“Trouble on the home front?” He asked with a ghost of a smile and that lazy Savannah drawl after taking one look at Rufus. “Mmhm.” He concluded as Rufus eyeballed him. The knife thrower offered the alligator a freshly cut piece of chicken from a nearby bucket. Isaac watched as Rufus slowly came forward to nip the chicken from Isaac’s hand. A moment later Rufus had tossed it to the back of his mouth and bit down. Isaac found something oddly comforting in the sound of massive jaws and teeth cracking through bone. He merely watched as the apex predator swam a slow circle about its tank; Isaac surmising Lucille’s present location given her absence from the reptile den.

“Hey! You’re not supposed to be back here!” Came a shout from behind Isaac as Tommy came rushing forward.

Isaac turned a half circle, far more willing to put his exposed and defenseless back to the 700 pound predator behind him than he was the roughie coming at him. Duplicity was a trait far more expected in humans rather than beasts. He gave another lazy toss of peanuts into his mouth and waited for the kid to get close enough to recognize him.

“Just what do you think you’re…oh…” Tommy stopped dead in his tracks when he recognized Isaac and dragged a hand through hair, suddenly sheepish. “I’m sorry…I…I didn‘t know it was you, Isaac.

Isaac, for his part, just brought a finger slowly up to his lips.

Tommy halted his stammer of apologies as he undoubtedly realized he was alone in a tent full of snakes, an 800 pound alligator and the knife thrower no one really wanted to talk to. Not knowing which he should be more afraid of, undoubtedly only made matters worse for Tommy.

“Y'er Alright. Calm down. They sense your anxiety.” Isaac instructed. Though his tone was lazy, his eyes were sharp as the daggers he threw.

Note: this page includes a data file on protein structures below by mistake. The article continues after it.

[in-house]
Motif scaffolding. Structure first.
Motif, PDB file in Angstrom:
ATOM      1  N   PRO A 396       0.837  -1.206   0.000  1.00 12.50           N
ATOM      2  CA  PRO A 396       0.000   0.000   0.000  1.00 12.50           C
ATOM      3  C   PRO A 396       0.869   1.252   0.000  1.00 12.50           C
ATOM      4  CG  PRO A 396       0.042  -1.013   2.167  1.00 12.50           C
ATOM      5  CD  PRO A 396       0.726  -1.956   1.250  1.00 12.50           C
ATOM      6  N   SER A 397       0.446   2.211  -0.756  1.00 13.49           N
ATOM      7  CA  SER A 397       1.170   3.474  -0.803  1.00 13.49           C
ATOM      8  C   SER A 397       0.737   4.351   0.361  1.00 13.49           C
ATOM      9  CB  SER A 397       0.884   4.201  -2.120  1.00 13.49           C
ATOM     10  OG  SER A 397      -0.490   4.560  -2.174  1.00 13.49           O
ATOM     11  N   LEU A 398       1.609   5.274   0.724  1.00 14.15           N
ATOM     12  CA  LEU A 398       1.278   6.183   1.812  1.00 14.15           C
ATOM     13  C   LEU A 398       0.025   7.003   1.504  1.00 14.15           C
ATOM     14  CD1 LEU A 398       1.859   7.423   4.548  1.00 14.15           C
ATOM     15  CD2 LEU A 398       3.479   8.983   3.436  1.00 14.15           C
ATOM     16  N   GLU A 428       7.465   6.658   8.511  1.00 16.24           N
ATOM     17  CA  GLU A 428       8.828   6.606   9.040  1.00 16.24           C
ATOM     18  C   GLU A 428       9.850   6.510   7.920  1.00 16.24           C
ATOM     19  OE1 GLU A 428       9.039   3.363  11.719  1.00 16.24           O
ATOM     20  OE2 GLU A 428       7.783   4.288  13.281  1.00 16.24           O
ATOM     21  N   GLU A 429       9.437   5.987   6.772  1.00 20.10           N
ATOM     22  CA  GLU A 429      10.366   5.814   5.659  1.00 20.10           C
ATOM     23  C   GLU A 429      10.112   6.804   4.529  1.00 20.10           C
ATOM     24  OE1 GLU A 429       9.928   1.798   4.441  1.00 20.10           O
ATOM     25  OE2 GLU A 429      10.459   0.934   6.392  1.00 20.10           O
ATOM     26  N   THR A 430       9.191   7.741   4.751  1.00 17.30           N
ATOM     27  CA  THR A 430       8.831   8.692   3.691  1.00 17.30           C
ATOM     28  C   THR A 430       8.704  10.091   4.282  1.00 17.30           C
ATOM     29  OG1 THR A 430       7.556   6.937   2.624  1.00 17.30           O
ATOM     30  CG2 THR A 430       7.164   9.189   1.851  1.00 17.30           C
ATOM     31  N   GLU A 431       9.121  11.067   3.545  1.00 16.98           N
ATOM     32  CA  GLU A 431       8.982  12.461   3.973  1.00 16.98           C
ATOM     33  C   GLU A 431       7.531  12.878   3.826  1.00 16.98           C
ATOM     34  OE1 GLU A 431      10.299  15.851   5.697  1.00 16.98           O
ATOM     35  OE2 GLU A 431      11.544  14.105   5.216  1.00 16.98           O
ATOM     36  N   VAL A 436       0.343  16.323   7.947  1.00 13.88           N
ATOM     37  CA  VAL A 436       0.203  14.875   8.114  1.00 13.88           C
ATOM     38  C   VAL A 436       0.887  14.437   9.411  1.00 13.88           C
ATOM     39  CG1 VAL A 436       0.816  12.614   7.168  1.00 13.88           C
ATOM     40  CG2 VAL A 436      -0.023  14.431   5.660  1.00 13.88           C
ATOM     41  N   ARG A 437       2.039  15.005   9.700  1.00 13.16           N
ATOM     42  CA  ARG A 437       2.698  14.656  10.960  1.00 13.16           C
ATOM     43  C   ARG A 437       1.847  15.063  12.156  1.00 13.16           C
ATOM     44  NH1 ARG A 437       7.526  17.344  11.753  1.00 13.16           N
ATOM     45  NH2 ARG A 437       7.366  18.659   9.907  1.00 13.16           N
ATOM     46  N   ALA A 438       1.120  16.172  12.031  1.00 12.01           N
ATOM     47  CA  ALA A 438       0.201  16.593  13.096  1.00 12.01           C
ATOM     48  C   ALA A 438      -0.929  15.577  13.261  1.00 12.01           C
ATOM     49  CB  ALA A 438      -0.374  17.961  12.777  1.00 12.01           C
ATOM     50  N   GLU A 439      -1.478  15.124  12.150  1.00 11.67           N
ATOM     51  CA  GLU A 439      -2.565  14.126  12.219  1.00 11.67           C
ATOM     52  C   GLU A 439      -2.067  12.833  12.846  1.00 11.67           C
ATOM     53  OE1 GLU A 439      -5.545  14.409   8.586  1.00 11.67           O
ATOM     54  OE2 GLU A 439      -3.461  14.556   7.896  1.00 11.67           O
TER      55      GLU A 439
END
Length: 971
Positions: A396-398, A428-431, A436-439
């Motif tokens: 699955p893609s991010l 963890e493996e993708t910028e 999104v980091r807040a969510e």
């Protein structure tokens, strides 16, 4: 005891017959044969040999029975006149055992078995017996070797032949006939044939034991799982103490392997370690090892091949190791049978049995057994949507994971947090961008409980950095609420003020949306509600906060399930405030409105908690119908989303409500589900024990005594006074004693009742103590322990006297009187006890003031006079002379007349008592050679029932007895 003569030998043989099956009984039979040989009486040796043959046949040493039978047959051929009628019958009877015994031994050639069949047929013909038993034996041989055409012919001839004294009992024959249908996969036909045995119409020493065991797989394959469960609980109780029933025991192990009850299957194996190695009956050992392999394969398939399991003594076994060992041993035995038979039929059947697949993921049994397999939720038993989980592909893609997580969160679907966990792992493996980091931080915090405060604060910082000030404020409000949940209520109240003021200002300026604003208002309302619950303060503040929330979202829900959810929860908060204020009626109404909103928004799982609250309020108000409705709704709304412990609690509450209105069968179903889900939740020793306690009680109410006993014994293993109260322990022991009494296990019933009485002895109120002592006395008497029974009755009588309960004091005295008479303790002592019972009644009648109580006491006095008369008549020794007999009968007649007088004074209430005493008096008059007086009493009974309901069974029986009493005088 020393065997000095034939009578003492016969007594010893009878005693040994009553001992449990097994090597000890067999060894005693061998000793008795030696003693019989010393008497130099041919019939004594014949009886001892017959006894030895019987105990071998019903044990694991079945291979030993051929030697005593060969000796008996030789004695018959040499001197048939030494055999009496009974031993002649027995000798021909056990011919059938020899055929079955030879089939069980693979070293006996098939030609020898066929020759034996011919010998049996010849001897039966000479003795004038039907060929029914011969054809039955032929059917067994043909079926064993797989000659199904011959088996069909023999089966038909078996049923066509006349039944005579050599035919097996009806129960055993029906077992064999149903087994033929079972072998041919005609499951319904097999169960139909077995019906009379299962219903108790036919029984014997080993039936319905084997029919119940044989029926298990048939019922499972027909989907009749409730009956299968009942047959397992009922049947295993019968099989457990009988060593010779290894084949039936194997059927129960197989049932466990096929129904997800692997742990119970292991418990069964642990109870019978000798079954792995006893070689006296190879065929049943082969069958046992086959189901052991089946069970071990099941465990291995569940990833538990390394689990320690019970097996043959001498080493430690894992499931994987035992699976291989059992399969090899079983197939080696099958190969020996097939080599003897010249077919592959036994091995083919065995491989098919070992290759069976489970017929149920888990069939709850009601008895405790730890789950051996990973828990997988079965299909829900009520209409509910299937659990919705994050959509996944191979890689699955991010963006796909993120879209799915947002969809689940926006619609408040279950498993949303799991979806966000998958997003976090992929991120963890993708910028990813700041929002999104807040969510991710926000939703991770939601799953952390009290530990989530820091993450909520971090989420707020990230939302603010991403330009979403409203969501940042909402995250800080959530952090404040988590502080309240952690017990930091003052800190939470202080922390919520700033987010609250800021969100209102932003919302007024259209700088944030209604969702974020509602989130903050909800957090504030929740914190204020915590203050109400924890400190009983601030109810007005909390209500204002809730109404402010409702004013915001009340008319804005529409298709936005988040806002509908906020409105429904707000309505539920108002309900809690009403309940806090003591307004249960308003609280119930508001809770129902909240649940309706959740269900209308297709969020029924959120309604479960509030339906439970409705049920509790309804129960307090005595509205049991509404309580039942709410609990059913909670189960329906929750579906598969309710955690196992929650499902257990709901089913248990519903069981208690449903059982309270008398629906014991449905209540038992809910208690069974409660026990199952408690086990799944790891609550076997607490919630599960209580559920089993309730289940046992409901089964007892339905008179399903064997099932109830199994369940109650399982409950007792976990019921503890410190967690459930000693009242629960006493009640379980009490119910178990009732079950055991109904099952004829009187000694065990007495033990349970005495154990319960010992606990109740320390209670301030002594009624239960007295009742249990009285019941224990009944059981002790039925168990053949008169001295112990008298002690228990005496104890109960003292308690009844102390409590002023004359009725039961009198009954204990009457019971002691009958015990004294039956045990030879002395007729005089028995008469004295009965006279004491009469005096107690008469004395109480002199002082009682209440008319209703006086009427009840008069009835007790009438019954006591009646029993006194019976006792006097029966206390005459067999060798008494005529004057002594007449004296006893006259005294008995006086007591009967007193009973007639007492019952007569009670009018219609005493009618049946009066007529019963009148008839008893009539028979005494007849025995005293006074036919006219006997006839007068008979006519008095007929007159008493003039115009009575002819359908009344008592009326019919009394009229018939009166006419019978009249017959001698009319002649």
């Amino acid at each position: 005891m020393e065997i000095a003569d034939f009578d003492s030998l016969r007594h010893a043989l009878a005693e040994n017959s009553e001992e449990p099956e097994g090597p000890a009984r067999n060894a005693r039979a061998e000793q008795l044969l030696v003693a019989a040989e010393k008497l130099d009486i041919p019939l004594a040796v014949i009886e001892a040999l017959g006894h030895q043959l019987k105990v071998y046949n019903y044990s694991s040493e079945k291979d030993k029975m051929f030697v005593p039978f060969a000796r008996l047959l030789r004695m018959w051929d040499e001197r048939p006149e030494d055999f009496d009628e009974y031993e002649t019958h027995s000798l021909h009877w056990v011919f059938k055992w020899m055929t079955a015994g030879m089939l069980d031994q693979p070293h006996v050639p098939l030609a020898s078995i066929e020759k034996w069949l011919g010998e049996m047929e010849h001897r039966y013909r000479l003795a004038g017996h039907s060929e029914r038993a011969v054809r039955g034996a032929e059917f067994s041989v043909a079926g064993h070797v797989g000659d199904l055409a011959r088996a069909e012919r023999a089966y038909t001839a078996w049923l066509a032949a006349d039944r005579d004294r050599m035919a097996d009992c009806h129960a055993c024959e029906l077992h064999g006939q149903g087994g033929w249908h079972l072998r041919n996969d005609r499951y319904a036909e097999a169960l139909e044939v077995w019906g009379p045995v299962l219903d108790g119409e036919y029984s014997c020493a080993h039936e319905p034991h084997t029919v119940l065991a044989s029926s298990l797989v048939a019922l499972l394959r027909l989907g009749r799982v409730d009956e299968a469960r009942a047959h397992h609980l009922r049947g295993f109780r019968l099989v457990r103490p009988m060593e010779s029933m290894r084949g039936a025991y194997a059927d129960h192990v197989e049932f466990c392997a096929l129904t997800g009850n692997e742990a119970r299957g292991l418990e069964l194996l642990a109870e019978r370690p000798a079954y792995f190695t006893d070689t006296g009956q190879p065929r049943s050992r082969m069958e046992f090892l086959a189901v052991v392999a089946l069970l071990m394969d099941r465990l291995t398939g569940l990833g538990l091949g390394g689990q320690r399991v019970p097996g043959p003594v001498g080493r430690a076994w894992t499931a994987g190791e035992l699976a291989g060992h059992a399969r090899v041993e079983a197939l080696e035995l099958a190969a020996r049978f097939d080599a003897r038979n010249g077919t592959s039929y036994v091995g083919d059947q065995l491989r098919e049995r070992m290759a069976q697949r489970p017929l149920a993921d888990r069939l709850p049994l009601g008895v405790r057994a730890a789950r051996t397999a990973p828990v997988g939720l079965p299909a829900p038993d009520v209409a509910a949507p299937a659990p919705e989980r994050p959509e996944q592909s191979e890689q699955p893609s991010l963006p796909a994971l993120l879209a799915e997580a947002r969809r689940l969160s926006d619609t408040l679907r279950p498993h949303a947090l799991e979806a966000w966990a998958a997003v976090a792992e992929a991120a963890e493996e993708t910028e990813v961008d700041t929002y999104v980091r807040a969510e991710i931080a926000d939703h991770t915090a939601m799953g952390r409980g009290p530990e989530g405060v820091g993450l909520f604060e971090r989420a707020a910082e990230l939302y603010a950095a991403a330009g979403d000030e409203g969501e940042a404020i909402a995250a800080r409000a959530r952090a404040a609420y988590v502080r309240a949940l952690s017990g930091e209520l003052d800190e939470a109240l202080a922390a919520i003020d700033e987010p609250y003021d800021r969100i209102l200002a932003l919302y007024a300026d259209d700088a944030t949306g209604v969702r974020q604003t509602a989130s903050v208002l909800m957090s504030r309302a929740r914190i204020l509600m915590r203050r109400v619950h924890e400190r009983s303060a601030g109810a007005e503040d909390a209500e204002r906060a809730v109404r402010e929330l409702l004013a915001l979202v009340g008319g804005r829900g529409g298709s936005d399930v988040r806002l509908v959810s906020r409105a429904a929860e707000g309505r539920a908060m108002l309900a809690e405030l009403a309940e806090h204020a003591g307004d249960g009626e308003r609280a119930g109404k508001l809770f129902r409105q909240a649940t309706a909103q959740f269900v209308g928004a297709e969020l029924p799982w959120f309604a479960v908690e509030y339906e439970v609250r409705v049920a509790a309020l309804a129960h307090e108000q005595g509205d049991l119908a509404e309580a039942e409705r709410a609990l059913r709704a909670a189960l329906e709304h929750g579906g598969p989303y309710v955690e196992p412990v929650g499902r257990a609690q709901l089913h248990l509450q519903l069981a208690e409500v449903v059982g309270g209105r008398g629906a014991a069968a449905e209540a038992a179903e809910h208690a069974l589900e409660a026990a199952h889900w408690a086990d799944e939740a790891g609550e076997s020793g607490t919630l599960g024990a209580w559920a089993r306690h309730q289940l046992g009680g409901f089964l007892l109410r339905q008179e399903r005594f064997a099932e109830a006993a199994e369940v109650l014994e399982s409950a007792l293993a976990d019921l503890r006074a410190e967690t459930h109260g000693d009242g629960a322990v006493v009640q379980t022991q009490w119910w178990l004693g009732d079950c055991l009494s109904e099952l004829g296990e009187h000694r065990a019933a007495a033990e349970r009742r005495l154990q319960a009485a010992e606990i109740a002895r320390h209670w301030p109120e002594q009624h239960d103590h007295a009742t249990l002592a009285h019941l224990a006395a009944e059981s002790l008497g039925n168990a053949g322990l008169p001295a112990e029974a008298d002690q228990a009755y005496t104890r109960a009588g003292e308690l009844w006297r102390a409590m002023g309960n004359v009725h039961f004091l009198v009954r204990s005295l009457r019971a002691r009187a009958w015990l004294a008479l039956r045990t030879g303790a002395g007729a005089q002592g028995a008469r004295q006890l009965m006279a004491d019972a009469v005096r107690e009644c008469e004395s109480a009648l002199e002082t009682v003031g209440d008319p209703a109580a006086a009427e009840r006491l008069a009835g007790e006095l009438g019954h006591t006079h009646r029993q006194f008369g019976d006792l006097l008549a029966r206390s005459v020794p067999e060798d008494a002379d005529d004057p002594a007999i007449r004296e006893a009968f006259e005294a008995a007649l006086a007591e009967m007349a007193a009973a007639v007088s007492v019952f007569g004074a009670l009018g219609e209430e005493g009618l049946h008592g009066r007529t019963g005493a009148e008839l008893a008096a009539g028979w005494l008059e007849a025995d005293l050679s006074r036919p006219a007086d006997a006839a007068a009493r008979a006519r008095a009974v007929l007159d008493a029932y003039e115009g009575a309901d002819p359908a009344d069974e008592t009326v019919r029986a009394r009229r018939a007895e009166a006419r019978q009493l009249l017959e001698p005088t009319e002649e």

Tommy got a handle on his discomfort and finally managed to apologize for the misunderstanding. "Just making sure…umm…ya know...how the Townies get curious.” Tommy was still a bit green and trying to earn his stripes.

"S'alright. Go on now. Flag'll be up soon." Isaac made a jerking motion with his chin, dismissing Tommy and turned back to Rufus. The Alligator, restless and annoyed (possibly because it knew Isaac’s presence would pull Lucille away from the tank) slowed to a stop in the middle.

“Mamma out gossipin'?” A wry smile with the question now that Tommy was out of earshot.

Rufus merely gave a blow of air through his nose and slowly settled back beneath the surface of the dark water. Isaac gave the water a few more pats in lieu of a goodbye as he looked down at Boomer. “Guess that’s a yes, eh?” Boomer merely licked his lips and gave a woof at the chicken bucket, far more interested in a treat than where Lucille was at the moment. “Don't be greedy. Or I'll toss you in the tank.” Isaac playfully chided the mutt before heading towards the Carousel.

“Speak of the devil and he doth appear,” Came the leisurely dogwood drawl as Isaac strolled up behind Fia and Lucille and heard them mention his name. Boomer gave a low woof and loped ahead to wiggle through the railing and throw himself down at Fia’s feet…his way of demanding a rub. Isaac merely stared for a long moment before blowing a sigh of resignation.

“Rufus is still sulkin'.“ Isaac offered as he tipped his hat to Lucille, the closest thing he had to a friend at the Carnival. Southern upbringing often held his tongue and hands in check; that sullen silence around most replaced with a rural charm for the few who deserved it. But even then, it was always reserved, something always held back.